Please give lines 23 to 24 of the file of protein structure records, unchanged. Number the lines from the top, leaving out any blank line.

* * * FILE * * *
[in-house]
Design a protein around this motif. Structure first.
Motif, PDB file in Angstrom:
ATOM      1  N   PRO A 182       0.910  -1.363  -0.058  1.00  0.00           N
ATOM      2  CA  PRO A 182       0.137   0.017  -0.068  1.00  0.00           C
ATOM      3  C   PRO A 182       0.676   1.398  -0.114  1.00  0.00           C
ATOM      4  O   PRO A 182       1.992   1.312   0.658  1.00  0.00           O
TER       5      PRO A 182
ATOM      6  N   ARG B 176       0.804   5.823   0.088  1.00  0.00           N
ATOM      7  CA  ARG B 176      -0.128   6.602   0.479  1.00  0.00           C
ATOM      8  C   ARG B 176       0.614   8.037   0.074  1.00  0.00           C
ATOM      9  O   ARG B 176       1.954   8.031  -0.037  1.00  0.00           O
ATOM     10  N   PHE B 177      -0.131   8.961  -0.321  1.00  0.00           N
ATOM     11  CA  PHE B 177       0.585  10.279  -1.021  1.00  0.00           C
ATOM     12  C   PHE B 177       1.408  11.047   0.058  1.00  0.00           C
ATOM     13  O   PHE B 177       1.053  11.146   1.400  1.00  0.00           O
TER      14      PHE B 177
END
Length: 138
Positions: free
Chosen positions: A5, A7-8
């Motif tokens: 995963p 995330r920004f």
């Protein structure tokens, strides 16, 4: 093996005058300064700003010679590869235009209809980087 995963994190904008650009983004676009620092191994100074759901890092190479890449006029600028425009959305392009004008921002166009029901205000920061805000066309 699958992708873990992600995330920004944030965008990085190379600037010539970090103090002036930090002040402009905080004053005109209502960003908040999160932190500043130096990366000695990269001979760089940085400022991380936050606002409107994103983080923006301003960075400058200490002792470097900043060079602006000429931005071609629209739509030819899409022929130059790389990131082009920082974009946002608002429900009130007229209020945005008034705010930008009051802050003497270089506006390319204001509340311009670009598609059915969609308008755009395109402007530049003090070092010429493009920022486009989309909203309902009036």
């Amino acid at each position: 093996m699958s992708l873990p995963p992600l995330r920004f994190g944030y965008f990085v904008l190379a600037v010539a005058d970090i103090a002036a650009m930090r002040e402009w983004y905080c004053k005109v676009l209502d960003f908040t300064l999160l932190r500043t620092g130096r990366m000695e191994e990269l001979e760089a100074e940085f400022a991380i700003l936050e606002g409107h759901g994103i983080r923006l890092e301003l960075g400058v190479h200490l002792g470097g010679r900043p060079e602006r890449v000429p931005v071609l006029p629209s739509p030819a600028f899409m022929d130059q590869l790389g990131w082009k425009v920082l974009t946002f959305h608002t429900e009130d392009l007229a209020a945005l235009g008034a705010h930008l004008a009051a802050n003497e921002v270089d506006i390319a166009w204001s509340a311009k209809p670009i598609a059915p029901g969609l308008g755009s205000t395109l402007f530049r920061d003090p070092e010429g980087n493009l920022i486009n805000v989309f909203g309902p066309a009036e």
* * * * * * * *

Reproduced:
């Protein structure tokens, strides 16, 4: 093996005058300064700003010679590869235009209809980087 995963994190904008650009983004676009620092191994100074759901890092190479890449006029600028425009959305392009004008921002166009029901205000920061805000066309 699958992708873990992600995330920004944030965008990085190379600037010539970090103090002036930090002040402009905080004053005109209502960003908040999160932190500043130096990366000695990269001979760089940085400022991380936050606002409107994103983080923006301003960075400058200490002792470097900043060079602006000429931005071609629209739509030819899409022929130059790389990131082009920082974009946002608002429900009130007229209020945005008034705010930008009051802050003497270089506006390319204001509340311009670009598609059915969609308008755009395109402007530049003090070092010429493009920022486009989309909203309902009036």
């Amino acid at each position: 093996m699958s992708l873990p995963p992600l995330r920004f994190g944030y965008f990085v904008l190379a600037v010539a005058d970090i103090a002036a650009m930090r002040e402009w983004y905080c004053k005109v676009l209502d960003f908040t300064l999160l932190r500043t620092g130096r990366m000695e191994e990269l001979e760089a100074e940085f400022a991380i700003l936050e606002g409107h759901g994103i983080r923006l890092e301003l960075g400058v190479h200490l002792g470097g010679r900043p060079e602006r890449v000429p931005v071609l006029p629209s739509p030819a600028f899409m022929d130059q590869l790389g990131w082009k425009v920082l974009t946002f959305h608002t429900e009130d392009l007229a209020a945005l235009g008034a705010h930008l004008a009051a802050n003497e921002v270089d506006i390319a166009w204001s509340a311009k209809p670009i598609a059915p029901g969609l308008g755009s205000t395109l402007f530049r920061d003090p070092e010429g980087n493009l920022i486009n805000v989309f909203g309902p066309a009036e």